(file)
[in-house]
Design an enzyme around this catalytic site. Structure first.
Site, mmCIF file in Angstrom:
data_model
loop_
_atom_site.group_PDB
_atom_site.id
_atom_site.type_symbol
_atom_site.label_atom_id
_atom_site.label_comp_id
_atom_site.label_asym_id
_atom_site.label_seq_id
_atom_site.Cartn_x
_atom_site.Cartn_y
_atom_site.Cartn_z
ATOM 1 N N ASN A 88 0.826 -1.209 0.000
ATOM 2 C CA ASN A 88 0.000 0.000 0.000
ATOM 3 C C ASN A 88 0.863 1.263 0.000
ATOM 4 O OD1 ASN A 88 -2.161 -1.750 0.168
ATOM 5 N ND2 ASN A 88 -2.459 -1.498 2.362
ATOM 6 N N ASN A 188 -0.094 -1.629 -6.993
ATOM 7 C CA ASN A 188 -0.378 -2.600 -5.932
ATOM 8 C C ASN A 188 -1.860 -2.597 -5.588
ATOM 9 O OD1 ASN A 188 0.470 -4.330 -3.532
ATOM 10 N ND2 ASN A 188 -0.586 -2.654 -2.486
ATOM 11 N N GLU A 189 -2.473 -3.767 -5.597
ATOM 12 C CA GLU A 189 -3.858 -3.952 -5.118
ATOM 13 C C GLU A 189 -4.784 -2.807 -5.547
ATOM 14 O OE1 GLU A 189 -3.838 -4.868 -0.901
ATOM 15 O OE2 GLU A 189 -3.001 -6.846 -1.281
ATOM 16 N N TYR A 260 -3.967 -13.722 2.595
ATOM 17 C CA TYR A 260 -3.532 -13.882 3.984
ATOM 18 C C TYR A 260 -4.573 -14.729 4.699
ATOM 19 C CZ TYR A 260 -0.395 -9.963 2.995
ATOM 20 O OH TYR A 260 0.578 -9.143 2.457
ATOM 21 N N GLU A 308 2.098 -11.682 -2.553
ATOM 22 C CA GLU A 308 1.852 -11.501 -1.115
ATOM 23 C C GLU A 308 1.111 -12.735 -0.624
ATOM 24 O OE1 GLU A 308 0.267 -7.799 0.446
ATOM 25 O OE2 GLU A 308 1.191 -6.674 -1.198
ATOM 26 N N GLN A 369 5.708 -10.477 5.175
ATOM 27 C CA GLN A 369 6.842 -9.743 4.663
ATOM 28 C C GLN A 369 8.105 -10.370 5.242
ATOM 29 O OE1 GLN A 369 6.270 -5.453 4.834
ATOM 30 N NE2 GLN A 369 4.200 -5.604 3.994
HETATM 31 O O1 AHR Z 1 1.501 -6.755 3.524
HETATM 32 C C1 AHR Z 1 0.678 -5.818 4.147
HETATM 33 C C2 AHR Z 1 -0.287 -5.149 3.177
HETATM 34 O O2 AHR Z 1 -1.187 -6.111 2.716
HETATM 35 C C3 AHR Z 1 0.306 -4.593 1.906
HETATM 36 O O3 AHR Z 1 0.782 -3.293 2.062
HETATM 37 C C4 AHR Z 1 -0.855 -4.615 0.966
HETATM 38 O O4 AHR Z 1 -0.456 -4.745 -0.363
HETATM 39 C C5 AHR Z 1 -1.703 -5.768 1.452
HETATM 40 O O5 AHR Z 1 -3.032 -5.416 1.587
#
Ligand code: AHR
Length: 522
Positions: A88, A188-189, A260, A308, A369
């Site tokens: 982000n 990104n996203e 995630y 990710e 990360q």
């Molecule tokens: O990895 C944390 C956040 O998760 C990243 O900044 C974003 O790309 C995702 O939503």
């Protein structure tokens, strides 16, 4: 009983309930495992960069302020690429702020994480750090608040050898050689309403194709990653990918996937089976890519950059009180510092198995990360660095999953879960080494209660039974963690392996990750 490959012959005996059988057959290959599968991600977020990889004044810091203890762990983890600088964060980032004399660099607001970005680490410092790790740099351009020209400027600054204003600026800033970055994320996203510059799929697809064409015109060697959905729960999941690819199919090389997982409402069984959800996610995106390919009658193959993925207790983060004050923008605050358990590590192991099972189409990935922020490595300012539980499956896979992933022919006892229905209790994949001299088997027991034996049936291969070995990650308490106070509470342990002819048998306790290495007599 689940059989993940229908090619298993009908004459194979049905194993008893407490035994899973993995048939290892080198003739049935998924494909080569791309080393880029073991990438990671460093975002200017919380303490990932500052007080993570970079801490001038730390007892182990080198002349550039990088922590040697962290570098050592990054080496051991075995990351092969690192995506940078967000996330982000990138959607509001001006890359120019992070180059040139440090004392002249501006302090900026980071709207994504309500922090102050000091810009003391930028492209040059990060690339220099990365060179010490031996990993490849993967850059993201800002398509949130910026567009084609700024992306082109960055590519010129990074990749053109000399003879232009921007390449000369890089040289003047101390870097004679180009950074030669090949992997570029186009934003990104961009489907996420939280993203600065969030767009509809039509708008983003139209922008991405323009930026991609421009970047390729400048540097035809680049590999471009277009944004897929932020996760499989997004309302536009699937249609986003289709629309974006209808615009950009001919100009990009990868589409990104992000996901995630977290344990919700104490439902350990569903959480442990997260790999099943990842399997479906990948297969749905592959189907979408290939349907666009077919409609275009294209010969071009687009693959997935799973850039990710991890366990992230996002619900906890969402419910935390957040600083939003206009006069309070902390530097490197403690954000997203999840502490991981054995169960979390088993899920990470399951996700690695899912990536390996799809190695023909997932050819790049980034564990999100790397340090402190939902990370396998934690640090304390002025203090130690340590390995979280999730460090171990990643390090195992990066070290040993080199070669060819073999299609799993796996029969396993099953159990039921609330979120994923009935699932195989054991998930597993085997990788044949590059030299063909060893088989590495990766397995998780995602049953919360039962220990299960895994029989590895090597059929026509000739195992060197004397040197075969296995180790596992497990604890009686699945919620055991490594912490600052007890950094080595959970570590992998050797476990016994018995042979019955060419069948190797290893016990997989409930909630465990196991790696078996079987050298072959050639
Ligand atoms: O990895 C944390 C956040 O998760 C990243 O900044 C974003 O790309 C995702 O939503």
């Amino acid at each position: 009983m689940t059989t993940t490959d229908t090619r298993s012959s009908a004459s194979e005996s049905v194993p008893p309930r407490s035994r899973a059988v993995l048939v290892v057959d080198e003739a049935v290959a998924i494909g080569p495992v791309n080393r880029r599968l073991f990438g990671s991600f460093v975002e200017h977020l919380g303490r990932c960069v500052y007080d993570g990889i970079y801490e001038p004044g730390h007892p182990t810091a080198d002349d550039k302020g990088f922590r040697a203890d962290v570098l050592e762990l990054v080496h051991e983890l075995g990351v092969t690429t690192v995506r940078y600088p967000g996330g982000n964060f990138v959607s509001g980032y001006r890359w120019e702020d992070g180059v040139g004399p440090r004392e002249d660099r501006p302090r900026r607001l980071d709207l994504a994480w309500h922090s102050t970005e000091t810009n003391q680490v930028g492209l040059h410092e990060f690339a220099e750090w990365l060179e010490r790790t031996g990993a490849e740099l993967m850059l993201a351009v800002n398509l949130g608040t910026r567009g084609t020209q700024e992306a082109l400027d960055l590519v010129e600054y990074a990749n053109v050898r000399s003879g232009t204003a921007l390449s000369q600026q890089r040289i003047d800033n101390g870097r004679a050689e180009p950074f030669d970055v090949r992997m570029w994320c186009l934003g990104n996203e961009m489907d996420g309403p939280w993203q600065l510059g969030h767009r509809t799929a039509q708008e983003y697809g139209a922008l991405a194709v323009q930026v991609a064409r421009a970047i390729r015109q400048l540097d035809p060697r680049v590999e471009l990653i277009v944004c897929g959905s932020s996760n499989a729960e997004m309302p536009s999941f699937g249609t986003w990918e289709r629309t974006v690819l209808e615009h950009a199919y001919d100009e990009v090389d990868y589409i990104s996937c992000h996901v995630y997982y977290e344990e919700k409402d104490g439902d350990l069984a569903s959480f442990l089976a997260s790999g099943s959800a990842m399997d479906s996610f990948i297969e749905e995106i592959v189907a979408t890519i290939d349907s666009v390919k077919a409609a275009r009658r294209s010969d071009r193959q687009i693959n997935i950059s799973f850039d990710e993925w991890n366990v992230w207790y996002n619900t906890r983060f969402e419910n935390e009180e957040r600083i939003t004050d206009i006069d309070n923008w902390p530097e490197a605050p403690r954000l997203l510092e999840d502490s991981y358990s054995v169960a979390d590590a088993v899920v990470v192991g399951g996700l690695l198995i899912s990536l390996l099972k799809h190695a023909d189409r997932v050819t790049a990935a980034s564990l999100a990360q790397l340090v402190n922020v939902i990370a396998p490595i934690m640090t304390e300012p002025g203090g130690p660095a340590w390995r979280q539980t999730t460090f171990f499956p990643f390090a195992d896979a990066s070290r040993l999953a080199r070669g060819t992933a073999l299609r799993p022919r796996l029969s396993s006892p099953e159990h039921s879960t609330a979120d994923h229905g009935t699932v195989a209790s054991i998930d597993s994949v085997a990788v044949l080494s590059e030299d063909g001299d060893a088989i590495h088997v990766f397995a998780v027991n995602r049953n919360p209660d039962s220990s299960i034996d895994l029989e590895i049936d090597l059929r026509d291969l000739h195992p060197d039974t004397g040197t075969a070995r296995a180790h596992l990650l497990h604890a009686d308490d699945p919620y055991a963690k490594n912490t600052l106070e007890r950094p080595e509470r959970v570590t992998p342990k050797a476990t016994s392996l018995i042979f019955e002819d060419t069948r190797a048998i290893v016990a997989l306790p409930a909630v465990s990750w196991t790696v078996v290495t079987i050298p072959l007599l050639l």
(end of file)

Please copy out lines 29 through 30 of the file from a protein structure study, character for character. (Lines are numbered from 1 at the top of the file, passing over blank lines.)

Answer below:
ATOM 14 O OE1 GLU A 189 -3.838 -4.868 -0.901
ATOM 15 O OE2 GLU A 189 -3.001 -6.846 -1.281